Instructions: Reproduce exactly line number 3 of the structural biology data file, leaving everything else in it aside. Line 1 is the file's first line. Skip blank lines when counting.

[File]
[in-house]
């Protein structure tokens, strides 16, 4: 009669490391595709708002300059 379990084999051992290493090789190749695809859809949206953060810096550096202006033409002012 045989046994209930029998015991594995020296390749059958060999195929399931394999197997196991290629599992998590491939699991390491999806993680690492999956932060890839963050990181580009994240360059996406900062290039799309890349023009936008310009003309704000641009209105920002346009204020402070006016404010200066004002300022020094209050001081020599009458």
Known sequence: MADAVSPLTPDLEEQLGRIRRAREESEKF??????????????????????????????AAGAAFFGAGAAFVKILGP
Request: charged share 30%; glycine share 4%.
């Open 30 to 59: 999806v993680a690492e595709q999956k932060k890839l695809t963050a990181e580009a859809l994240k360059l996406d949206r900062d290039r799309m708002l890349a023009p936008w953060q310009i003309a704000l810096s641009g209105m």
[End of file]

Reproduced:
Known sequence: MADAVSPLTPDLEEQLGRIRRAREESEKF??????????????????????????????AAGAAFFGAGAAFVKILGP